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The Importance Of Being Earnest Is Described As Satire. Satire Implies Criticism Of Society And Social Institutions. Do You Consider This Play Satirical? What Do You Think This Play Criticizes?

848 words - 3 pages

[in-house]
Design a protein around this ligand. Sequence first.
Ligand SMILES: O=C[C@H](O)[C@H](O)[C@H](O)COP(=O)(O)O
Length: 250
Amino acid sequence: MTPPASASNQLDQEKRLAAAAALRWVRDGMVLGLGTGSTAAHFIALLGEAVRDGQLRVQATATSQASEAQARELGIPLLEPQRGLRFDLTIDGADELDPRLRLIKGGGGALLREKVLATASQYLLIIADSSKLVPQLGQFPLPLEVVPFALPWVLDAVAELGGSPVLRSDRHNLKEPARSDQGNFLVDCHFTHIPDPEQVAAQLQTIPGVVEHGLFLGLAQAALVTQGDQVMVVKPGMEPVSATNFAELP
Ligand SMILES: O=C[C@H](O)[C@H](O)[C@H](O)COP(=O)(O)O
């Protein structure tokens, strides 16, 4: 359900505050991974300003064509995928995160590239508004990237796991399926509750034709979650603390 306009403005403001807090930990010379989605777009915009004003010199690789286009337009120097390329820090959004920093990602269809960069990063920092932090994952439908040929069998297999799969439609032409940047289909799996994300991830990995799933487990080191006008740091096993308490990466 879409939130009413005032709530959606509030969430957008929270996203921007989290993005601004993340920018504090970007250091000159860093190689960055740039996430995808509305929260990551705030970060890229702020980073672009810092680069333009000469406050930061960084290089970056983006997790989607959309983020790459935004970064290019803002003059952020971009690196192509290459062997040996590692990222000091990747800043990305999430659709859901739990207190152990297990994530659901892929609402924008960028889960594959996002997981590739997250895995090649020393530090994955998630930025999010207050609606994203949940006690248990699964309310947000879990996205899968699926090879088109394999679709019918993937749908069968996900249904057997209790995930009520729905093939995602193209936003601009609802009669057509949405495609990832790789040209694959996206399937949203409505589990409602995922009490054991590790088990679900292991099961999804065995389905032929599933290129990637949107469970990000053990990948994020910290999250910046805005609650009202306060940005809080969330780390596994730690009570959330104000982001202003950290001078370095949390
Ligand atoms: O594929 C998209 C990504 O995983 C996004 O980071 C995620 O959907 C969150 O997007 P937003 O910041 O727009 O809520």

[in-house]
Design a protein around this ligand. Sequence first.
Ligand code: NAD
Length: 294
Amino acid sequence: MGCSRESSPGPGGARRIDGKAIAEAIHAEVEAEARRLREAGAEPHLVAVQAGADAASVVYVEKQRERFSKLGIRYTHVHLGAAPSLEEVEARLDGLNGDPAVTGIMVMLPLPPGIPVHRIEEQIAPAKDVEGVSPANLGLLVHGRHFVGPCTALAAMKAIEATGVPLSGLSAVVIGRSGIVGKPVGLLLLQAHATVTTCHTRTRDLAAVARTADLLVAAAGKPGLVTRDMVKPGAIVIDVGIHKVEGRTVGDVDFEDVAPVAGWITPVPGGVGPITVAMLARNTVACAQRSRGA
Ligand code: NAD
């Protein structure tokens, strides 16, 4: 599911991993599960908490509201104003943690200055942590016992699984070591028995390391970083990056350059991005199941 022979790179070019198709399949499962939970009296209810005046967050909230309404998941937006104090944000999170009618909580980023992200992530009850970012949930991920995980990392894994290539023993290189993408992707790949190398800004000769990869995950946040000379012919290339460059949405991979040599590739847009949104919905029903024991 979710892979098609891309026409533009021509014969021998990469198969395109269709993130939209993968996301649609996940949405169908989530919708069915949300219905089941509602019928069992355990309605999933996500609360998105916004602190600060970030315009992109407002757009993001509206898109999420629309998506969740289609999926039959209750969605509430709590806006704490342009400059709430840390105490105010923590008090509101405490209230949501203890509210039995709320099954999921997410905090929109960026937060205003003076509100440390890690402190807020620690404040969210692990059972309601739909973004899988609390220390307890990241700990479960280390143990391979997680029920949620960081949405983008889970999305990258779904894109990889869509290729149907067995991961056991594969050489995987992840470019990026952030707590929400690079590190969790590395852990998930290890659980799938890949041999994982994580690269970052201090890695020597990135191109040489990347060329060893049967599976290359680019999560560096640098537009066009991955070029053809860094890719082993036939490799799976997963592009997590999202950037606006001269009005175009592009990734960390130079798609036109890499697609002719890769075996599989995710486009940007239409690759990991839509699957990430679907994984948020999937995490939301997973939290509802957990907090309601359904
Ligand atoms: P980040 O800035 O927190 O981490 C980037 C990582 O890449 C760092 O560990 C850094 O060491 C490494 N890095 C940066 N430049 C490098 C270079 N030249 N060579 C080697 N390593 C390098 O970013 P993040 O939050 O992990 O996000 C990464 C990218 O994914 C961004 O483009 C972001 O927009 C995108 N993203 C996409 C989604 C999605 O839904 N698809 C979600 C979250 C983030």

Satire is defined to be the use of humor to ridicule faults and vices. The Importance of Being Earnest written by Oscar Wilde is a social satire, using irony and paradoxes to insinuate the problems and faults found in the Victorian society. The Importance of Being Earnest is set in the late Victorian Era during a social reform. The class system was defined by the animosity between classes, the upper class treating the lower class with disdain and disgust. The upper class was rigidly controlled by savoir faire, knowing what to eat, wear and how to behave. The Importance of Being Earnest satirizes the class system, etiquette and disposition that was expected from Victorians. Wilde uses irony, humor and characters not only to call attention to the absurdity of the Victorian behavior but also to highlight the ironic humor in the characters shortcomings that reflect the Victorians who were watching it.The Importance of Being Earnest seems to be a criticism of society. The play is a light-hearted comedy but also a social satire utilizing this chance to criticize social issues. The use of irony reveals an inconsistency between the characters words and the truth, suggesting that society is hypocritical. The Importance of Being Earnest reflects the audience it was written for. From the entrance of "Mr. Earnest Worthing," there are constant criticisms between Jack and Algy. Jack criticizes Algy for speaking, "you talk exactly as if you were a dentist." This criticism presents an irony; Jack believes it is "very vulgar," for Algy to present to be someone he is not. This is ironic as Jack is not self critical enough to be aware that by being "Earnest in town and Jack in the country," he himself is presenting a "false impression," and behaving like a hypocrite. The dramatic irony of this is that the laughter incurred from this irony is ironic in itself. The audience can identify the faults in Jack however this laughter suggests that they cannot see the reflection of themselves in this play. This satirizes the Victorian society and their faults. Jack is a representation of society and he implies that society is hypocritical. Jack is presented to be a pretentious hypocrite, living by one set of rules for him but having another for Algy and Cecily, his ward. I see this use of irony and satire as a criticism of the Victorian society but more specifically the delusional self image held by the audience. Wilde uses this technique consistently through out the play to highlight the short comings of the Victorians and...

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